Plight of the Mohajirs
Pakistan and its administration must address and correct the discrimination and historical wrongs committed against the Mohajir community
The dark chapter of 1947 partition of India had many unfortunate and tragic happenings and one of them was the large influx of Urdu speaking Muslims to Pakistan migrating from India who were termed as the Mohajirs. Then, the Sindhi Hindus living in what's now part of Pakistan had vacated their lands and properties which were given to these migrating Mohajirs as the Sindhi Hindus migrated to India. It's believed by many that Mohajir is an Urdu term inspired in the act of Hijarat, an Arabic connotation, referring to the separatist flight specifically in the context of the migration of the Prophet Mohammad from Mecca to Medina.
Initially, the Pakistan Government used the word Mohajir for all the migrants and Mohajirs were thought to be the most respected and privileged. Immediately after the partition, they made name and fame in various segments of Pakistani polity especially in business, politics, bureaucracy and other key societal positions. In the much revered Jamaat-e-Islami (JI) Jamiat-i-Ulema (JiU), Mohajirs were represented more than adequately and their writ ran considerably with far-reaching impressions increasing their esteem in the various establishments.
Sadly, driven by political ambitions and parochial thinking, Zulfikar Ali Bhutto who was in the process of carving a niche for his own political space, introduced anti-Mohajir laws to stifle the growth and the rising popularity of the Mohajirs. Prompted by these apprehensions, Bhutto followed up with another harsh step in 1972 by bringing in the 'Sindhi language Act' declaring it as the official language. This was a clear throttle of the Urdu language which had started prospering in leaps and bounds. These reprehensible and acerbic measures didn't stop here. Thousands of Urdu speaking officers were dismissed from service ignoring the fact that Urdu was a powerful medium in Pakistan and had integrated the whole country in unison. History judges dispassionately and in all objectivity that it was Zulfiqar Ali Bhutto who is held responsible for driving a wedge between the Sindhis and the Mohajirs by such brazenly partisan acts. Seeds of deep hatred were sown by Bhutto dividing the communities and promoting hostility. Later, we see Bangladesh too came into being in 1971 as a separate country because of language discrimination and shades of vehement hate promoted by Bhutto and other Pakistani intolerants with perverse thinking.
Reverting to the state of Mohajirs, conditions of this lot started deteriorating rapidly after Bhutto unleashed the crackdown against them. Significantly, however, pushed against the wall which became a question for survival, in 1984, under Altaf Hussain, Mohajir Qaumi Movement (MQM) came into existence and was very vibrant from 1987 onwards. Their activities asserting their rights and honour started unsettling the Pakistani Government and the military, giving them sleepless nights. Not to be seen as deterred by the rising popularity of the Mohajirs, the Pakistani Government commenced on large scale killing of Mohajir activists in fake encounters and also resorted to their indiscriminate torture exterminating many youths from the political and social scene.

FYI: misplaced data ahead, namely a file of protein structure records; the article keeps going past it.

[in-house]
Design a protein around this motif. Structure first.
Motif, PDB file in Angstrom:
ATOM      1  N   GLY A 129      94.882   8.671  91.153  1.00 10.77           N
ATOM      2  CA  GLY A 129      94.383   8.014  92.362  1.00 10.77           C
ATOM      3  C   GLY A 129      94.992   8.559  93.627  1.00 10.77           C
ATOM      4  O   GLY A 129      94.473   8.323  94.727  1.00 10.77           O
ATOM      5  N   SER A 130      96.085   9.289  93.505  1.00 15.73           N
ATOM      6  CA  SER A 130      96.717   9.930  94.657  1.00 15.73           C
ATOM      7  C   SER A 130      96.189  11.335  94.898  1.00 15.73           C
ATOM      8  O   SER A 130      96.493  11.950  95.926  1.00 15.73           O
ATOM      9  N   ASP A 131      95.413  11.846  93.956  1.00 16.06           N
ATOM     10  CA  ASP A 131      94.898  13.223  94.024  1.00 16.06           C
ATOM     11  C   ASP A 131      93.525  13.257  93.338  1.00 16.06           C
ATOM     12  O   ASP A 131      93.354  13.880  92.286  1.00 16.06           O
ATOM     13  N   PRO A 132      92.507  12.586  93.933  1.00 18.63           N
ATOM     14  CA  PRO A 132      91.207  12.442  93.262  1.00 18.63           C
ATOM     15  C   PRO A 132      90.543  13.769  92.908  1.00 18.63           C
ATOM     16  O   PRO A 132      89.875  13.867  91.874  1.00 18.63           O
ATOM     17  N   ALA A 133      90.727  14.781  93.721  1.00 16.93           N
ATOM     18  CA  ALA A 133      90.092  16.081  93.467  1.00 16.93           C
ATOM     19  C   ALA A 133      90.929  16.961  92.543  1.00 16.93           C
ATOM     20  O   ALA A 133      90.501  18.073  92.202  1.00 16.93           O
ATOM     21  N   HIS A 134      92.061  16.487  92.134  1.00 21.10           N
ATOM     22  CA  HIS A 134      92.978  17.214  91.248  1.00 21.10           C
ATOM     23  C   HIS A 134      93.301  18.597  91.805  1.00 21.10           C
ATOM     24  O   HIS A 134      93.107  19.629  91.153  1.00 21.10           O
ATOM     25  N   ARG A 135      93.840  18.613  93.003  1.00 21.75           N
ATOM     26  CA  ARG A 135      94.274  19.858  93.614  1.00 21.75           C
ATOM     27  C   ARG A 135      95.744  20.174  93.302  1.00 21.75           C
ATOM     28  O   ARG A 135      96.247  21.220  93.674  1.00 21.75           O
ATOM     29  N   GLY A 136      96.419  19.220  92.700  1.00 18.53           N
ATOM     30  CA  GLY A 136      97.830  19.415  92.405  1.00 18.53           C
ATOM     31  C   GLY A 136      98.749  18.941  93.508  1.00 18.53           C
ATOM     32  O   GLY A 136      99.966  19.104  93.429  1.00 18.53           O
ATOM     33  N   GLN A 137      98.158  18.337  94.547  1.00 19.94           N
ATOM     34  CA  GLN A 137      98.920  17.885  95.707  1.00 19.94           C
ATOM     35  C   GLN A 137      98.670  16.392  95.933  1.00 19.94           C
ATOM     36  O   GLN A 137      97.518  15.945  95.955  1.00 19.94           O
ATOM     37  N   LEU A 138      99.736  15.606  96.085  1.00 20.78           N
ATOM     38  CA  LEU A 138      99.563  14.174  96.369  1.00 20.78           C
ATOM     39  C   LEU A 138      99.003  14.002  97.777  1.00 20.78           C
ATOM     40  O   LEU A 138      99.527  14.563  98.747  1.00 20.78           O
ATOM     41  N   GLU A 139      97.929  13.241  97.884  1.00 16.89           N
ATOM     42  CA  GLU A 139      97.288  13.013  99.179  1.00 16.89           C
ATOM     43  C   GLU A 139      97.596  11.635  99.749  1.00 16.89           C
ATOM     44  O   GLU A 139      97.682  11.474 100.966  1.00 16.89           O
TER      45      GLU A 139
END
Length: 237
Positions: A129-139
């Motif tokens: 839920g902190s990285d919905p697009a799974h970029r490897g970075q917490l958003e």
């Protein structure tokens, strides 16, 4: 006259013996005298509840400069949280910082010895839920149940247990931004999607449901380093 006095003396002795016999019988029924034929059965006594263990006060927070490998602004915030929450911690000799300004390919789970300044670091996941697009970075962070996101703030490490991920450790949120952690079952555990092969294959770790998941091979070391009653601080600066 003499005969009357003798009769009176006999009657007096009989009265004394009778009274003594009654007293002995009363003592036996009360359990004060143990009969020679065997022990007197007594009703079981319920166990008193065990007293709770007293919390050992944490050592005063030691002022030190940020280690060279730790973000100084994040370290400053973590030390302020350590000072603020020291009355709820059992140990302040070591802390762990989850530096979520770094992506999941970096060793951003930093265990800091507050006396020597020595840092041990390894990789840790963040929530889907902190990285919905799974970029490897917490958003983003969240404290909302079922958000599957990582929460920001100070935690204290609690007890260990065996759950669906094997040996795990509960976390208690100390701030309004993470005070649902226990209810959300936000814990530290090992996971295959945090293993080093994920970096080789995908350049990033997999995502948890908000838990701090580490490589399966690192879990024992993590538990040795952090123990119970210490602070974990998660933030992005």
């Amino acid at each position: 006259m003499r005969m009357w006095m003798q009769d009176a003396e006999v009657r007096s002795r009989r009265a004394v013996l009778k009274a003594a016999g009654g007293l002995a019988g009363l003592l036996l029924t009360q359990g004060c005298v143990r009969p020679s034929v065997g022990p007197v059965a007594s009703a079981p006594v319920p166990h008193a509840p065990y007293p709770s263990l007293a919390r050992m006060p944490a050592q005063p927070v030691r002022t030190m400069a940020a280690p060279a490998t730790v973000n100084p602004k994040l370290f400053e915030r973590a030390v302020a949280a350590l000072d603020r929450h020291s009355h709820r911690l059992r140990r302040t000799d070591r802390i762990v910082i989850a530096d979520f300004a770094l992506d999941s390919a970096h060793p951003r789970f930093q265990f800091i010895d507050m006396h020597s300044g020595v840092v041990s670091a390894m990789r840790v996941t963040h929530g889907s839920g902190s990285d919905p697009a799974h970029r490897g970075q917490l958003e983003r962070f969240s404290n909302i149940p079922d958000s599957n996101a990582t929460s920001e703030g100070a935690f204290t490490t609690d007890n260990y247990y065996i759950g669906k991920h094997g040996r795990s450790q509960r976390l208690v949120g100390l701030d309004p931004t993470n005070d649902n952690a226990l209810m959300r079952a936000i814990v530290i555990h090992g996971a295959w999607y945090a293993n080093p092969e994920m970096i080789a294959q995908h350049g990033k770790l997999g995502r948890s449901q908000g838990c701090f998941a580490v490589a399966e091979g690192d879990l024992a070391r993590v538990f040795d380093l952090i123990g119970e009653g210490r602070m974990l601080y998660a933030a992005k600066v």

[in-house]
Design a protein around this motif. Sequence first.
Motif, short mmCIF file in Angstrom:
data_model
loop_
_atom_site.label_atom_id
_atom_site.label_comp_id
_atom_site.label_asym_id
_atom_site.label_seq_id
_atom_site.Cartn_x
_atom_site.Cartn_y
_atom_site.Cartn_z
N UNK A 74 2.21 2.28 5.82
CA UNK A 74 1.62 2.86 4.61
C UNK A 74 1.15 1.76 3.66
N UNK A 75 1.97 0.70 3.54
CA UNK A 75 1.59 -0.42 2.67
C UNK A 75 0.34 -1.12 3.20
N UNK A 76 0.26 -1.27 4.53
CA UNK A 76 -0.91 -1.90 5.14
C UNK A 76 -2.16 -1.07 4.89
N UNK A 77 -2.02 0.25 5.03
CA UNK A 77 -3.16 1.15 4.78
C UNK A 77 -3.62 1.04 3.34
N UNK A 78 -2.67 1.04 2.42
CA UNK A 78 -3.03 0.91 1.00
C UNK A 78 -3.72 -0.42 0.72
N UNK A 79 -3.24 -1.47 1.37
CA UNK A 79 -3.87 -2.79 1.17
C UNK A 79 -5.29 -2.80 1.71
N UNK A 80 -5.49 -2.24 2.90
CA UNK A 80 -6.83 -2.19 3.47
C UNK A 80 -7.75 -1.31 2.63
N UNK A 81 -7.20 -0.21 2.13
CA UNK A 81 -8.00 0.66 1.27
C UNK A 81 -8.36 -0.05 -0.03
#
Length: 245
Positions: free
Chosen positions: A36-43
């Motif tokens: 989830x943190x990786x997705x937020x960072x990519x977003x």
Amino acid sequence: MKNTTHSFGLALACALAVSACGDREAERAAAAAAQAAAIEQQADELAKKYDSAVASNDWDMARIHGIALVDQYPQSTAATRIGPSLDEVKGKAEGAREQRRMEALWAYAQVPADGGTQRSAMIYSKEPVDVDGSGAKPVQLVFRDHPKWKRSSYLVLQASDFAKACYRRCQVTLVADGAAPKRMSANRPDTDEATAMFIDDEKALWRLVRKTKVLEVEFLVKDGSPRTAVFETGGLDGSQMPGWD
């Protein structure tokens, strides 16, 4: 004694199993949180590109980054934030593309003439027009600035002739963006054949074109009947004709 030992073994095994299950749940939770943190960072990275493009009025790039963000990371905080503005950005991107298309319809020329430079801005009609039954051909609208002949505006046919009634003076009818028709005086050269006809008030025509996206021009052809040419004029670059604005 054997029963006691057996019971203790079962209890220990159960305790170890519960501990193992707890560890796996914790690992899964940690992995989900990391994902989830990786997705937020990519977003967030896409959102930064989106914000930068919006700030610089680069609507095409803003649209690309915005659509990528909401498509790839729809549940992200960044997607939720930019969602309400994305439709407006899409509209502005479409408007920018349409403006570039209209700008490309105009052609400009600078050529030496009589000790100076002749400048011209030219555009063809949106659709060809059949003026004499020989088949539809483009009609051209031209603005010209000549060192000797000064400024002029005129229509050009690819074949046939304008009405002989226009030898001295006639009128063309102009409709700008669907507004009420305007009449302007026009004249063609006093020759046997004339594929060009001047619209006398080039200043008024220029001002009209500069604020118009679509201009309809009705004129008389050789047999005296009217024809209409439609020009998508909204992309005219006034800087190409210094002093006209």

The MQM also launched an anti-government tirade from overseas and the UK was one of the central points of attack targeting the Pakistani Government. Entire state machinery harnessed its resources to get rid of the Mohajirs but they continued to prove to be a force to reckon with which couldn't be easily suppressed or voice stifled. It made its presence felt.
Even today, Mohajirs are still rated as second rate citizens and are the exploited lot. No wonder they are probably thinking if their forefathers had not migrated to Pakistan in 1947, they would have had a respectable life back home in India. Here, it's pertinent to mention that many Urdu speaking lot chose to remain in India rejecting the desire to migrate to Pakistan and they had no regrets. The intellectual class fell in this category like Kaifi Azmi, Majrooh Sultanpuri, Asrarul Haq Mazaz, Jan Nisar Akhtar etc. However, noted poet, Josh Malihabadi perhaps had an error of judgment and despite sound advice rendered by the top of the political echelons in India, decided to migrate to Pakistan. He was humiliated, made fun of, robbed of his intellectual possessions and labelled as an Indian agent. Poor man, confused and disillusioned, died a sad man on the Pakistani soil.
It's high time that Pakistan introspects and restores the dignity, human rights and freedom of expressions of the Mohajirs which were at the prime of Pakistan in the initial years of its inception.
The writer is a retired IPS officer, a security analyst and a former National Security Adviser to the Prime Minister of Mauritius. Views expressed are personal